In addition to these pieces, Frivola also includes the powerful (but little-read) novella ‘Simon Ryan’ – a tale of religious mania with several Gothic elements.

Frivola [Kindle]

Frivola [Epub]

Frivola [PDF]

Critical edition:

The Phantom Coach and Other Ghost Stories of an Antiquary, introduced by Jessica Amanda Salmonson (Richard H.Fawcett, 1998). [The Introduction is available to read on Salmonson’s website]

A note on copyright:

The text is a collation of the first and second editions (1896 and 1907) and I explain my editorial choices in a textual note within the ebook. In this sense, the ebook offered here is a totally new edition of Jessopp’s collection, unavailable elsewhere. This makes it slightly different from the other books on offer at this blog. As with all the other files on this site, readers are free to use or distribute this ebook in any way they choose without my prior permission. This also applies to the individual pieces contained within the present ebook. If anyone wishes to reproduce the ebook in full, however, I would greatly appreciate if they could acknowledge this blog as a source.

Phantom Coach

Haunted Scholars: Antiquarian Ghost Stories from Cambridge Magazines

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This selection of tales by ‘B.’, ‘D.N.J.’ and another anonymous writer appeared in Magdalene College Magazine and the Cambridge Review between 1911 and 1920. The identity of the writers is not known, but the tales themselves are so reminiscent of the style originated by M.R. James (scholarly protagonist, haunted objects, strange old texts) that they must have been acquainted with James’s circle of friends, colleagues and admirers at Cambridge. Unknown for many years, they were reprinted in Ghosts & Scholars magazine in the 1980s and 1990s. They are now available at the Ghosts & Scholars online archive and I extend my grateful thanks to Rosemary Pardoe for permission to reprint the material here.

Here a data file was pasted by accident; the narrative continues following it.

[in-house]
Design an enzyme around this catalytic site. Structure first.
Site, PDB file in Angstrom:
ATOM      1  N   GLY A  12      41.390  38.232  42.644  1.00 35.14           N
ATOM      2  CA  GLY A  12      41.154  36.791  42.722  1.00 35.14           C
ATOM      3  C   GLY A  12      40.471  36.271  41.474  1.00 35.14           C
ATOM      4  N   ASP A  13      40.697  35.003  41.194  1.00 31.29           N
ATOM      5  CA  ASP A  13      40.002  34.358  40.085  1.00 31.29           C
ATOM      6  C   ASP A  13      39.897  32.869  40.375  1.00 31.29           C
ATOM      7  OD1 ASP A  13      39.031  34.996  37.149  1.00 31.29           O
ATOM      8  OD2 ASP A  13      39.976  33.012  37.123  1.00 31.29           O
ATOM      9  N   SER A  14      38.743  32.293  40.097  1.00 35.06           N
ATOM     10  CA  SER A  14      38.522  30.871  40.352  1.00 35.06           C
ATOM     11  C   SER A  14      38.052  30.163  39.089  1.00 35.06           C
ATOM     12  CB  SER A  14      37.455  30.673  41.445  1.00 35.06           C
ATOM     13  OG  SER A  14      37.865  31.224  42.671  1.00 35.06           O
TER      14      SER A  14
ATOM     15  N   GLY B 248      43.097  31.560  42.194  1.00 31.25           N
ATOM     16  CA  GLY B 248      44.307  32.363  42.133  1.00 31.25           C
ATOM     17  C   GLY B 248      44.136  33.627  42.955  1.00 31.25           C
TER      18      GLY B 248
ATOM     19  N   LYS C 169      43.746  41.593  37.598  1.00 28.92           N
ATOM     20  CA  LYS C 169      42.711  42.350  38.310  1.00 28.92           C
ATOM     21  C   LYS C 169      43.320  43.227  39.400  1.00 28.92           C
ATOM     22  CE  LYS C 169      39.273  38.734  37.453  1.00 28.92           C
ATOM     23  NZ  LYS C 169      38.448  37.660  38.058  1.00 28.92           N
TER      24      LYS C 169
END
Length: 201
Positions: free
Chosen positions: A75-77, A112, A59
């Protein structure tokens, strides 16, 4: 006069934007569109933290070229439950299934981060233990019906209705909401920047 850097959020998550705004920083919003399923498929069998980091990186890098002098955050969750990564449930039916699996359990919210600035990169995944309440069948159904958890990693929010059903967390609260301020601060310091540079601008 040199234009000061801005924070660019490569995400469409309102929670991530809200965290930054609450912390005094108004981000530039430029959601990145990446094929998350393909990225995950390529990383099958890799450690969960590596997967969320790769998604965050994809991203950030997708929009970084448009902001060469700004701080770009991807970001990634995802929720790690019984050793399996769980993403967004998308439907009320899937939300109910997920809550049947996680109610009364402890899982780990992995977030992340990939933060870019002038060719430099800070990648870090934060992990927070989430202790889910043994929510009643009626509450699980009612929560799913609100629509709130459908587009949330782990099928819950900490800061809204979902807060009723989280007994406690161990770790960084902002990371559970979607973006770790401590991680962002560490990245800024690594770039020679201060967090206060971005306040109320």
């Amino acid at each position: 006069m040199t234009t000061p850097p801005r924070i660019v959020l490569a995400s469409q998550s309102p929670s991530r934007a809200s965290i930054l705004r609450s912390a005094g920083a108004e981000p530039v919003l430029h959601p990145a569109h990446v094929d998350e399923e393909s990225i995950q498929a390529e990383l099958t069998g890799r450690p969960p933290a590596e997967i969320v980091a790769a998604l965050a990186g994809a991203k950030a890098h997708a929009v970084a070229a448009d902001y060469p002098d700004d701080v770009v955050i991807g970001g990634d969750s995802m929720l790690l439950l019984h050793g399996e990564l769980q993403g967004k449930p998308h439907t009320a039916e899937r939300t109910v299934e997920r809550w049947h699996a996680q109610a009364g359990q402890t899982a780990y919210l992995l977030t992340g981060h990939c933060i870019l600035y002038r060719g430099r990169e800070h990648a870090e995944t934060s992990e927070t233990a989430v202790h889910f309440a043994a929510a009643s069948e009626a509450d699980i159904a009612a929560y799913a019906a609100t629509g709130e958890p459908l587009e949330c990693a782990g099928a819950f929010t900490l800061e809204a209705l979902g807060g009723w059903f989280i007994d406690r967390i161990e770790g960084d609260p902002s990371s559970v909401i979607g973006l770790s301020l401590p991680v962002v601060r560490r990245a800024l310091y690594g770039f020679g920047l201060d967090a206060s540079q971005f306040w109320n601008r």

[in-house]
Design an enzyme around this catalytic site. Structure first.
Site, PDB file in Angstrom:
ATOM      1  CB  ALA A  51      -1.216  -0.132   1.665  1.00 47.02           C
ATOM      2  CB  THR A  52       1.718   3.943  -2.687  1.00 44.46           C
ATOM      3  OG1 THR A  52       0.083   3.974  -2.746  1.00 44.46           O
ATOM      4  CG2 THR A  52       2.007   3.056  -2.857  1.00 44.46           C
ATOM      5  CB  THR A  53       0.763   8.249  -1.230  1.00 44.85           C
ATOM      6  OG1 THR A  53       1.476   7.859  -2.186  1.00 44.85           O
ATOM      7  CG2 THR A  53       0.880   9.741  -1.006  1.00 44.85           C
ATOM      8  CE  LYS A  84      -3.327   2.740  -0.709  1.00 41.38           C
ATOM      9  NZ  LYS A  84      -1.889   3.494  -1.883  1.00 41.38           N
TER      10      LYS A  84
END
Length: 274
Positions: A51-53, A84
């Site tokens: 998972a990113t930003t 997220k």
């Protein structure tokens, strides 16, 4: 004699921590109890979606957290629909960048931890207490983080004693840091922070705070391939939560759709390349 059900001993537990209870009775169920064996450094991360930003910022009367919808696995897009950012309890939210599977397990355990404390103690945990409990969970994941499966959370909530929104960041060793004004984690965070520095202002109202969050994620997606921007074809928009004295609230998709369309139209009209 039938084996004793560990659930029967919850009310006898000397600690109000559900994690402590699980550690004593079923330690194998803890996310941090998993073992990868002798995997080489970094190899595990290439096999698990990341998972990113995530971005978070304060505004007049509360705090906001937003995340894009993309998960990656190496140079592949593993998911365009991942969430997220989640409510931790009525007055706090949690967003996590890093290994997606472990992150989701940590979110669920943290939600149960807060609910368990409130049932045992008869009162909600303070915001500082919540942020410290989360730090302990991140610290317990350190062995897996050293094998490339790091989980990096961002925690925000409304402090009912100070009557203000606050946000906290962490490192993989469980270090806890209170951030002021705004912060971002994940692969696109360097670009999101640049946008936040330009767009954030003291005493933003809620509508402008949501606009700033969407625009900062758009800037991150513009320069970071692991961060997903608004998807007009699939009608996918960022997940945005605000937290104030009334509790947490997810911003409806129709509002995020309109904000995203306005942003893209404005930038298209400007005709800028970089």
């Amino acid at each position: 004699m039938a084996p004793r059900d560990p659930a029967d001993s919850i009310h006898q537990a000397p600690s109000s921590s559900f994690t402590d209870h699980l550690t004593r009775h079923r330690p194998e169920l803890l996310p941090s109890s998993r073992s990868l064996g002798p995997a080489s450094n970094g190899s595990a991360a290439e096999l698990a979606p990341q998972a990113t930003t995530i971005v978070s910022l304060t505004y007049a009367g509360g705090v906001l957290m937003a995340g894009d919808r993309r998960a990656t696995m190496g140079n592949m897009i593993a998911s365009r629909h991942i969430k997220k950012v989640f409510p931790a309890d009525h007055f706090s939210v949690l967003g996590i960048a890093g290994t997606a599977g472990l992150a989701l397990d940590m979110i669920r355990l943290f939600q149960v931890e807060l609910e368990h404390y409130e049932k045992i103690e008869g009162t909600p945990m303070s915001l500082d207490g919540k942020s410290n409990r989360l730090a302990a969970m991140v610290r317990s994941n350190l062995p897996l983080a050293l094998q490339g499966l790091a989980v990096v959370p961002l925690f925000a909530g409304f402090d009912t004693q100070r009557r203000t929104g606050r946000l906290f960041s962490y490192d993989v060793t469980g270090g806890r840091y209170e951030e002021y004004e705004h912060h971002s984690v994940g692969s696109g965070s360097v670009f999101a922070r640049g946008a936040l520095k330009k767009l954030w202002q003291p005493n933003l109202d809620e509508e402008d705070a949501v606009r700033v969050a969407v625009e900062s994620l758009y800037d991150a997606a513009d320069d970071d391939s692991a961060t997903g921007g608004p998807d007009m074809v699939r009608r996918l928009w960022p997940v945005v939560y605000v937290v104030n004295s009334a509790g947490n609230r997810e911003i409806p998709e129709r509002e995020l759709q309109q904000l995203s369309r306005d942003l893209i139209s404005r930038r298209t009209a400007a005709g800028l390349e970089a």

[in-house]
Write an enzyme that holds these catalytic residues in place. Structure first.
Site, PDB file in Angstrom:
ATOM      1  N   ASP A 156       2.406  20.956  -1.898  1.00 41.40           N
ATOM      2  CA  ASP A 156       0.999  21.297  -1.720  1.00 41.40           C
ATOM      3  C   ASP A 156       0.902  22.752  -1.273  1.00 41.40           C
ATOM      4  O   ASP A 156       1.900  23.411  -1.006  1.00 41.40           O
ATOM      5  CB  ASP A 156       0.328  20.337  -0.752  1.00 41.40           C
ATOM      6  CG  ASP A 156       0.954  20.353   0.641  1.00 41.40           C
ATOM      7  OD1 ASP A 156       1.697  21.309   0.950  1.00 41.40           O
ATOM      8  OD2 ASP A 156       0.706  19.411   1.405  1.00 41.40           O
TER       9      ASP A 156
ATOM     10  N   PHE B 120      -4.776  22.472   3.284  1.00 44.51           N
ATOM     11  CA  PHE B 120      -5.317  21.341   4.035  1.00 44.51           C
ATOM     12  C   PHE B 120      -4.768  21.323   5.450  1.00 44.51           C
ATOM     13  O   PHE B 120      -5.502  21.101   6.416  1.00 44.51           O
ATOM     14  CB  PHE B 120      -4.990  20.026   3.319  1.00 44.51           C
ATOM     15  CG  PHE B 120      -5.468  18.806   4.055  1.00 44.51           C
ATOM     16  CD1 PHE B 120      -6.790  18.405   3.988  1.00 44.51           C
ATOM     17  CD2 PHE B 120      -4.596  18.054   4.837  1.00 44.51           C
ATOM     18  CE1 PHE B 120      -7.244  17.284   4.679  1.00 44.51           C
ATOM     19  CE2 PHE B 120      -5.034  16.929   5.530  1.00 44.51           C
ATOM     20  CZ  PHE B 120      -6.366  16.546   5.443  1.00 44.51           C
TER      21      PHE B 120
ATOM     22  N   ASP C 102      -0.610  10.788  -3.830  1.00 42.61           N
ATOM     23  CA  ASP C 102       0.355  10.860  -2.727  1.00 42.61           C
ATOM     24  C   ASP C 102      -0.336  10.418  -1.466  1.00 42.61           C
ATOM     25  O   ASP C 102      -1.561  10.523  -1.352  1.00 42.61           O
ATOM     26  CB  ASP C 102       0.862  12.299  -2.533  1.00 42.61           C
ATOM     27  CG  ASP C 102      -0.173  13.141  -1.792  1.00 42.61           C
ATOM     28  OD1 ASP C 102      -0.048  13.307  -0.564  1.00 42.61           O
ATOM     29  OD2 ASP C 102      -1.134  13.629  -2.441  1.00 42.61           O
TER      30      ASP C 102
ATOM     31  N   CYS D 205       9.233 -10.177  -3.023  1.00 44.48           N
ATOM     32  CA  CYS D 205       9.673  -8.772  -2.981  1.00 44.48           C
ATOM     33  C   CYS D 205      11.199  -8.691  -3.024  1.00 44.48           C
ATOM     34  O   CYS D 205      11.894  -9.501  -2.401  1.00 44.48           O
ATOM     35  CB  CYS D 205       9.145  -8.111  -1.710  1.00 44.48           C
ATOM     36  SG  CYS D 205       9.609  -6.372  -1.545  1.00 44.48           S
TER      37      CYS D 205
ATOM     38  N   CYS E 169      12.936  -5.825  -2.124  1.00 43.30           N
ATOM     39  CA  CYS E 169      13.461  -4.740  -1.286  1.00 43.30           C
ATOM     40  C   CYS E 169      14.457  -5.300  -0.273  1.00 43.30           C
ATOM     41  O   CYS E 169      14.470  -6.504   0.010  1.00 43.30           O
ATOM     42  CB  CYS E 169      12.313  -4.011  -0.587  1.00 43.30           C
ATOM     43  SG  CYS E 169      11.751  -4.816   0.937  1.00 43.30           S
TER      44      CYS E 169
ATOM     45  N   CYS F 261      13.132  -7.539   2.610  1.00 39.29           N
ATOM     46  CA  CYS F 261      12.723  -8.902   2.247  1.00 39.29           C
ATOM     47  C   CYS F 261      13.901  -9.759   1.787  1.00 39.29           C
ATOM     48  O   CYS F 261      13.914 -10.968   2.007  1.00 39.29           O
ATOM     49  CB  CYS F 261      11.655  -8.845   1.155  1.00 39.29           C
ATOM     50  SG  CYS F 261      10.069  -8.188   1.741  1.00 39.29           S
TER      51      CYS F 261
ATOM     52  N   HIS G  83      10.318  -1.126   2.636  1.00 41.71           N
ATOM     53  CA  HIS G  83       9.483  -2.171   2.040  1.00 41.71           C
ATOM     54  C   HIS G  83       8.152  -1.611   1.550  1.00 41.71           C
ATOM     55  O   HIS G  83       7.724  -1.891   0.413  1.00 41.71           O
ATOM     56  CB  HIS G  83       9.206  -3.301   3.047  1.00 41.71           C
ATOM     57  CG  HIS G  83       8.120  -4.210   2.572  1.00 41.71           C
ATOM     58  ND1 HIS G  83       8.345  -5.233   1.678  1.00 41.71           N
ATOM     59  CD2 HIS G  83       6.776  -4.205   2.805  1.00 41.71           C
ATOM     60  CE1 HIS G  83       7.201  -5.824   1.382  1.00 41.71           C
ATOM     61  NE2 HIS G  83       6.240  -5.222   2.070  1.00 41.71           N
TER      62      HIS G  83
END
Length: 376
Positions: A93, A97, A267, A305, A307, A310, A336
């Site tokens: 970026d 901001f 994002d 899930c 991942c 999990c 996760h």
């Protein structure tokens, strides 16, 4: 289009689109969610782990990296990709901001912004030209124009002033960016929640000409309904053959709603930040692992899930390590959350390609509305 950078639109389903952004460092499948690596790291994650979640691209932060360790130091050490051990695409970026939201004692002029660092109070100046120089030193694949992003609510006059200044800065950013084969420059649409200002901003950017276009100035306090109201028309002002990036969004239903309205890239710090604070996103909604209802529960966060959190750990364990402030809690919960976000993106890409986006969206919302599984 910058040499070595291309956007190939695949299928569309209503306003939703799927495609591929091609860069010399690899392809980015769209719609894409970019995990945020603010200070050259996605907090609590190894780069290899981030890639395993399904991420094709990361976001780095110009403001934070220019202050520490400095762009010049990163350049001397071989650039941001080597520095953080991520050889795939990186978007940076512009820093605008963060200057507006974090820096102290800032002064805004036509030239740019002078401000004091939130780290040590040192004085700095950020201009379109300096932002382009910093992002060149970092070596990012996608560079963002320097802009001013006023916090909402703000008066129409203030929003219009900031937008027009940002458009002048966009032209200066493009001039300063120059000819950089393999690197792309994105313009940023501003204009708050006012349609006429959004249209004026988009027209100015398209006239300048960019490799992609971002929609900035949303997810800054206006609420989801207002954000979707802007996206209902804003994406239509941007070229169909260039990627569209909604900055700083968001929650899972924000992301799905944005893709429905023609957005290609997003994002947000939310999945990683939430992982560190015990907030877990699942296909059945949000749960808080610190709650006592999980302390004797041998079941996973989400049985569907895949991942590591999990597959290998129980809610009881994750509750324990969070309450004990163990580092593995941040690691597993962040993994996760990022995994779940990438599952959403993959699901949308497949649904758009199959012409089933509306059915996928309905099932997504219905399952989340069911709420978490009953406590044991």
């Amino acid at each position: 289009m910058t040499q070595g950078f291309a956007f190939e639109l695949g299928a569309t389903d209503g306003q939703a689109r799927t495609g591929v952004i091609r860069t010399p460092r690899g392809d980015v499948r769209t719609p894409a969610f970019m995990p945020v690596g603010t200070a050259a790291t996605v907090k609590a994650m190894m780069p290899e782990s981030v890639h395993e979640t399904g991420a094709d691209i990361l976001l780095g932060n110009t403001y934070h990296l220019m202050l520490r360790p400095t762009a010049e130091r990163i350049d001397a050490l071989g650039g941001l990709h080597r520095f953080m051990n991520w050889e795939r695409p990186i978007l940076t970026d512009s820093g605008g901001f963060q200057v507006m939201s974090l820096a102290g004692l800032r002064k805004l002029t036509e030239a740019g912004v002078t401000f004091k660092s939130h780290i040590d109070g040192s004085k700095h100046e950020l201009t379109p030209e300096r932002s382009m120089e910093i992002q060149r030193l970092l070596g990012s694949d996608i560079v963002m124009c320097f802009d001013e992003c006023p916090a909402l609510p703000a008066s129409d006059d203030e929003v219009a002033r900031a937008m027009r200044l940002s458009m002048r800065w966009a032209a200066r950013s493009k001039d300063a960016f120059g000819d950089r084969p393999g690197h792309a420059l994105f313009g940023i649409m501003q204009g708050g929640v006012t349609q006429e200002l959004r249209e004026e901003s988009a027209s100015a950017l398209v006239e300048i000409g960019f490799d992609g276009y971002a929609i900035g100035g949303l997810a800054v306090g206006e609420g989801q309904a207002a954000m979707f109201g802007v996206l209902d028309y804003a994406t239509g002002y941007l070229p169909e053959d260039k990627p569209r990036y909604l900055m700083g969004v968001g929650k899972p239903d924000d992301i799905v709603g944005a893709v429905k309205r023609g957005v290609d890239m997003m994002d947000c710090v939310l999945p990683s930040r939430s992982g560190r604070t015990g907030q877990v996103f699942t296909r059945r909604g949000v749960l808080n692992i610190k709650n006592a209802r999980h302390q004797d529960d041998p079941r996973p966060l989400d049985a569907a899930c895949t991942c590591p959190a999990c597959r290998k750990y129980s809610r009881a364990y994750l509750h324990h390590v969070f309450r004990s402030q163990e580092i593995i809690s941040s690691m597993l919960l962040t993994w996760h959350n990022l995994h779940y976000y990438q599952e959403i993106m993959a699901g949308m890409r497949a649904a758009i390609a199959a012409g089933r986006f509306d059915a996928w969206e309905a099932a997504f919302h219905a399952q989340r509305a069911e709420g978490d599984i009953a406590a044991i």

Haunted Scholars [Kindle]

Haunted Scholars [Epub]

Haunted Scholars [PDF]

Critical Editions:

When the Door is Shut and other ghost stories by ‘B.’, ed. Rosemary Pardoe (Haunted Library, 1986)

The Moon-Gazer and one other, ed. Rosemary Pardoe (Haunted Library, 1988)

Web links:

Ghosts & Scholars archive

Ghosts & Scholars main site

The main online resource page for all things related to M.R. James and his circle, it contains a fascinating array of stories, articles, bibliographies and other material. Click on the individual story links in the archive page for more information about the authorship and publication history of the stories of ‘B.’, ‘D.N.J.’ and the anonymous author of ‘An Old MS.’

Haunted Library